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30 July 2014

How can I stop grinding my teeth?

Chronic teeth grinding, or bruxism in medical terms, is a condition wherein a person grinds and clenches their teeth from time to time without control. This often occurs during sleep; hence, most people with this condition are unaware that they do have it, if they aren’t informed by a spouse, family member, or friend.

Normal teeth grinding and clenching is not usually harmful, but chronic teeth grinding can cause damage to teeth and other oral health problems. In some extreme cases, it can lead to fracturing, loosening, or loss of teeth. If not addressed, it could wear the teeth down to stumps. When teeth is damaged due to grinding, the person involved may eventually require dental treatment such as bridges, crowns, implants, root canals, partial dentures, or complete dentures to fix the damage. Over time, it may even affect the jaws, affect loss of hearing, cause or worsen TMD/TMJ (temporomandibular disorder/temporomandibular joint), or even change one’s facial features.

In some cases, teeth grinding is typically caused by stress and anxiety. More often than not, it is likely caused by crooked or missing teeth, or an abnormal bite. Since most people with this condition do not know they have it, one telltale sign of bruxism is a constant dull headache or a sore, tender jaw in the morning after waking up. Majority of those who do know they have this condition have been informed by their loved ones who hear the grinding or have been woken up by the sound of it at night.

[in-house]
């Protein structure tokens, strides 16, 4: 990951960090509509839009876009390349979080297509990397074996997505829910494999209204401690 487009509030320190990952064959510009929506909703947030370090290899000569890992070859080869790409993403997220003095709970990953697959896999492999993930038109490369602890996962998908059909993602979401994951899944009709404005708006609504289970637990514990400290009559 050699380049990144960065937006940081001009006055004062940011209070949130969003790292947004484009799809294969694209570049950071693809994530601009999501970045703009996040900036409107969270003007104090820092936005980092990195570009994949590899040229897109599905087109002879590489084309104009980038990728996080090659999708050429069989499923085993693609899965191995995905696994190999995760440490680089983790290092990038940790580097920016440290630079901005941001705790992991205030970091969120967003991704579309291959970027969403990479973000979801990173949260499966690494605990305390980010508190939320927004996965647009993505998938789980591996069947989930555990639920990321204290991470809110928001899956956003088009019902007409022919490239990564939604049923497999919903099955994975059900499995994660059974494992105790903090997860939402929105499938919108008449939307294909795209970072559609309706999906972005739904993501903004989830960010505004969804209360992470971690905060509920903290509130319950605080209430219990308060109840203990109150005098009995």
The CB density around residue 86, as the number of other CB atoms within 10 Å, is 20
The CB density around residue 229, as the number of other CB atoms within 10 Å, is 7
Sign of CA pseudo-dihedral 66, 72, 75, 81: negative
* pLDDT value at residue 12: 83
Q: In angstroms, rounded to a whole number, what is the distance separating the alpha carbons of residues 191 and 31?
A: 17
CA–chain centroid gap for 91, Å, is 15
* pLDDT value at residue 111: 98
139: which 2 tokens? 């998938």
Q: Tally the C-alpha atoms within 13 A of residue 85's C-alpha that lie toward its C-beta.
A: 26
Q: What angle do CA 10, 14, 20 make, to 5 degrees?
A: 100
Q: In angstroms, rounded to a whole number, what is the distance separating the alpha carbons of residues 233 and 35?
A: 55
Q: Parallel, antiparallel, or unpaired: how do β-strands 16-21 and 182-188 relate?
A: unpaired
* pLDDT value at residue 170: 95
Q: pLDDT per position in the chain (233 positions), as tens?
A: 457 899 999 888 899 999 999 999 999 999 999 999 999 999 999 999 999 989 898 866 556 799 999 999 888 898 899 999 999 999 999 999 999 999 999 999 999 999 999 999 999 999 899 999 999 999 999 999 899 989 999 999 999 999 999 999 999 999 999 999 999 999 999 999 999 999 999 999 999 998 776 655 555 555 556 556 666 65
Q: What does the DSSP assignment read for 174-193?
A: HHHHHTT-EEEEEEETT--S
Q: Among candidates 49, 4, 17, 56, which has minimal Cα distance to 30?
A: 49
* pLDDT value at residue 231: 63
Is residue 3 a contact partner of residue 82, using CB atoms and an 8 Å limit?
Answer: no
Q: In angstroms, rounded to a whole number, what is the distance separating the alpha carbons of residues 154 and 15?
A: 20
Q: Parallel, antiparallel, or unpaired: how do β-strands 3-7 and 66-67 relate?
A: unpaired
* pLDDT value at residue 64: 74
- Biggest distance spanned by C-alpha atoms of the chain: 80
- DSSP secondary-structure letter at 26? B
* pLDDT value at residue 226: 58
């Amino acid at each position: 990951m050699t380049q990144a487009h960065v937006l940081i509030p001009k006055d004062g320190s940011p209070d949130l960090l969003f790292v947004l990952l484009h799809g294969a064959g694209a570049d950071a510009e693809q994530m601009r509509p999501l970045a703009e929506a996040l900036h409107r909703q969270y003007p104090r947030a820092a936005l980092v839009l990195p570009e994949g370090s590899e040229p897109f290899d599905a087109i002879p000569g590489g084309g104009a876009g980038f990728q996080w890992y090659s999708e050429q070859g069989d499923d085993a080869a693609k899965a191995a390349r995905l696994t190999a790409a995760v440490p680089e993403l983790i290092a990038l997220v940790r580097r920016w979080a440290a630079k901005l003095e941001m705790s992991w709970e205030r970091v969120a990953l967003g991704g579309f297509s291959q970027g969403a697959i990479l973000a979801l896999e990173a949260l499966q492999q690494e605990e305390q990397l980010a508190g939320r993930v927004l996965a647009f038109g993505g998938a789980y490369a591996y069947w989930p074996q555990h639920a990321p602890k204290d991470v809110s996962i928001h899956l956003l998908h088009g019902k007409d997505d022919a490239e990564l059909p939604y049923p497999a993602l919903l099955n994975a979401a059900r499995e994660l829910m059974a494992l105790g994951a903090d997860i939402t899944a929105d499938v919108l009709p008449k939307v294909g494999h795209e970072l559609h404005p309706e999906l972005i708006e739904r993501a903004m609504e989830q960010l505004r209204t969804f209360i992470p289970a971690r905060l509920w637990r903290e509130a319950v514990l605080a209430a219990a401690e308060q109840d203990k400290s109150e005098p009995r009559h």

If you’ve been informed or suspect that you grind your teeth unconsciously, consult your dentist who will examine your mouth for signs of bruxism. Your dentist can fit you with a mouth guard designed to prevent your teeth from grinding while asleep. If you suspect that stress or anxiety is the cause of your teeth grinding, consult your dentist or doctor for advice on how to reduce stress. Other options you may want to try are stress counselling, seeing a physical therapist, signing up for an exercise program, spending time at the gym, or obtaining prescription for muscle relaxants. It’s recommended to exhaust all other feasible options first before resorting to medication such as muscle relaxants.

A healthier diet also plays a huge role in reducing stress. Cut back on caffeine and other stimulants like chocolate, coffee, and soda. Avoid consuming alcohol altogether. Alcohol tends to intensify grinding. Avoid chewing gum and tough food as it results in your jaw getting used to clenching, which makes it easier and more likely for you to grind your teeth.

You can train yourself not to grind or clench your teeth. If you notice that you do it during the day, try positioning the tip of your tongue between your teeth. This action helps relax your jaw muscles. At night before going to bed, relax your jaw muscles again. To do this, press a warm washcloth against your cheek, in front of your earlobe.

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